The Bench observed that there was no scientific, intellectual, social or logical basis for the caste system and that it is profoundly illogical and against the basic tenets of the Constitution. “We should, as a public policy, shun the caste system,” the Bench added.

It then directed the home secretaries of the two states and Chandigarh to issue instructions to all investigating officers against mentioning the caste of the accused, victims or witnesses in the recovery memos, FIRs, seizure memos, inquest papers and other forms prescribed under the Code of Criminal Procedure, 1973, and the Punjab Police Rules.

The High Court Registrar-General was also directed to issue instructions to all judicial officers to follow the directions while dealing with cases.

Advocate Kanika Ahuja, who represented the appellants, said it was a case of honour killing and pointed out that the Court had given directives in the case and had not just made observations on the issue of mentioning the caste of the accused, the victims and the witnesses.

Political parties continue to hedge their bets on caste and creed of voters. A recent instance is the decision of the Samajwadi Party and the Bahujan Samaj Party to join hands with their so-called vote banks among Yadavs and Dalits. These two parties think that theirs is an unbeatable combination on the basis of the votes polled in the 2014 general election.

While the scourge of the caste system exists in varied forms across the country, the worst affected is the cow belt of Bihar, Uttar Pradesh, Madhya Pradesh, Rajasthan and parts of Haryana.

One has to just visit these states to see the extent of discrimination. The so- called lower caste people are treated like dirt. They have to live in dirty conditions and undertake the most menial jobs which can be termed as inhuman.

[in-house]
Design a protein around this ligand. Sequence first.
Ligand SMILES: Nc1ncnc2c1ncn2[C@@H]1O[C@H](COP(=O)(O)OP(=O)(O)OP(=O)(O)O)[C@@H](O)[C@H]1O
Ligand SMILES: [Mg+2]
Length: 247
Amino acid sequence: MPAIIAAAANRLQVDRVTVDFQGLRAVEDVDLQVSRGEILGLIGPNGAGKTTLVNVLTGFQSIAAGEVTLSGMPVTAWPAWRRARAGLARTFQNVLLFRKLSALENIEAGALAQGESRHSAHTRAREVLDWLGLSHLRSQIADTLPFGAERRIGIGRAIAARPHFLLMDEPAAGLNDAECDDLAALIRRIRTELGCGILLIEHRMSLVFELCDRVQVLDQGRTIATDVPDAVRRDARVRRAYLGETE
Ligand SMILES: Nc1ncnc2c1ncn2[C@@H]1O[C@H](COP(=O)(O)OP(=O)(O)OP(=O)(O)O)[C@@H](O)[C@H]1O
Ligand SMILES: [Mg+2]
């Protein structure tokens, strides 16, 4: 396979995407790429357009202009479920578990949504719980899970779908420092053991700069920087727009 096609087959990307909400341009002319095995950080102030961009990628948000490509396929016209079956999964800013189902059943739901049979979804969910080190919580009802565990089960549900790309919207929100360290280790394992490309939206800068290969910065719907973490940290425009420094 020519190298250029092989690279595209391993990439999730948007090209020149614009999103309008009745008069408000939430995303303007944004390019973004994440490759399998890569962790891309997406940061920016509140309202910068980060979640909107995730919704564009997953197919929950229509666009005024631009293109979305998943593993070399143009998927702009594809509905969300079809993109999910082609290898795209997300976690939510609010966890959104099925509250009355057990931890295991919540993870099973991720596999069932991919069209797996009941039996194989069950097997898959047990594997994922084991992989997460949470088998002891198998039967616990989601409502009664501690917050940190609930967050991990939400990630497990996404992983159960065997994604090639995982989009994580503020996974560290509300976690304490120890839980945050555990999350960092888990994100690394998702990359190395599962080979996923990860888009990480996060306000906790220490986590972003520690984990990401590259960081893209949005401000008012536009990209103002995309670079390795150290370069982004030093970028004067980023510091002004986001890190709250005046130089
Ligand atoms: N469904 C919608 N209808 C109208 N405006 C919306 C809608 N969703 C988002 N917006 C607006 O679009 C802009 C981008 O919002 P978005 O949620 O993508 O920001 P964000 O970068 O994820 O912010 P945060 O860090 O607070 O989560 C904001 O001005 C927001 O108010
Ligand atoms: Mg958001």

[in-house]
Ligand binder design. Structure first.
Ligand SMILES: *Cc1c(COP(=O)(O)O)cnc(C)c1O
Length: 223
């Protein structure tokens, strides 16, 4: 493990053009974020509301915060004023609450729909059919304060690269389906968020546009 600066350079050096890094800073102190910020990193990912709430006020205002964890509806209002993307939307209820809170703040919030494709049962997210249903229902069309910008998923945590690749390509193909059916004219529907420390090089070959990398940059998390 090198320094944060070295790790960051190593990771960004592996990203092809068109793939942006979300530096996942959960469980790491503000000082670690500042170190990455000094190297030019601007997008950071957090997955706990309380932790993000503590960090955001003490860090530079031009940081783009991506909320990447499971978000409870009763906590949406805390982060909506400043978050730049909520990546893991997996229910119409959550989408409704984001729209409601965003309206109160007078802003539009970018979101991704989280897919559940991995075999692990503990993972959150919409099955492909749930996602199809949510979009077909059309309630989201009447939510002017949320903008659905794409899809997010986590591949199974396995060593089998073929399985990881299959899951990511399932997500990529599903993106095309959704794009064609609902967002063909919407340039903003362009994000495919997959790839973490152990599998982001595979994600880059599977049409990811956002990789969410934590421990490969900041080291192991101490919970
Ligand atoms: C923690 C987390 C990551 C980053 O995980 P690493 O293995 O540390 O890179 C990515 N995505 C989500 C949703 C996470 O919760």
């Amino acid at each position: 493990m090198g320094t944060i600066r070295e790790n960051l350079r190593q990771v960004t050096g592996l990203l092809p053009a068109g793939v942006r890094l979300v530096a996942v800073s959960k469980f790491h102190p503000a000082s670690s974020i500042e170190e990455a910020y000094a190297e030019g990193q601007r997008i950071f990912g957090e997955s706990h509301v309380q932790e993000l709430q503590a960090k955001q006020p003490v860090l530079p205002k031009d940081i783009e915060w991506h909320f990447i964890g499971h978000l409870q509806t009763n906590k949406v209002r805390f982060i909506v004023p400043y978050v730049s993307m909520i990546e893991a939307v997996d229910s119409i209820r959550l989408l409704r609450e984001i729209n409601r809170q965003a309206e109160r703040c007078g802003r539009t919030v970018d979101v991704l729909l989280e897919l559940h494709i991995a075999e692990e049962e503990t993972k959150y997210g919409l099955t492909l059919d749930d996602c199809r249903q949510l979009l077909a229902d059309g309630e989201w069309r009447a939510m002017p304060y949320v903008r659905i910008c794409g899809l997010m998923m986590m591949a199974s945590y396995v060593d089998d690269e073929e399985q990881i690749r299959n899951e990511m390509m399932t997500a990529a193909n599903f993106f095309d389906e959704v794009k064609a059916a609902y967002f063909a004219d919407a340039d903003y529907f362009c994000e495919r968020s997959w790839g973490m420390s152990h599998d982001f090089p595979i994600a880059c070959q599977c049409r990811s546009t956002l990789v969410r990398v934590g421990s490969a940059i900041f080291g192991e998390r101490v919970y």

More significantly, they can’t eat from the same utensils as the “upper castes” and have to bow every time someone from the “upper caste” passes by. Several schools don’t allow children from the underprivileged sections of society.

Even Punjab, where the Sikh religion clearly talks of a no-caste system or discrimination, the teachings of the gurus are not followed. Most villages have separate gurdwaras and even cremation grounds for the so-called lower castes.

Unfortunately, most of these states still continue with the same British-era laws which perpetuate caste system and judge people on the basis of caste. The attitude is prevalent in various wings and departments of the government.

Therefore it is no wonder that the police forces also get influenced and investigations are undertaken keeping in mind the caste equations. Some of these states can even be accused of abetting such a practice of singling out persons on caste basis.

It is hoped that the governments reframe the rules and pass on strict instructions to comply with the directives. There is certainly a viewpoint that it is high time the caste system was also abolished in matters of reservations in institutions and jobs. Instead, the quota system should only cater to the economically deprived sections of society without discrimination of caste, religion or gender.

There is definitely weight in this argument and it needs a larger debate. However, such a step would need political will and vision, both woefully lacking in today’s polity.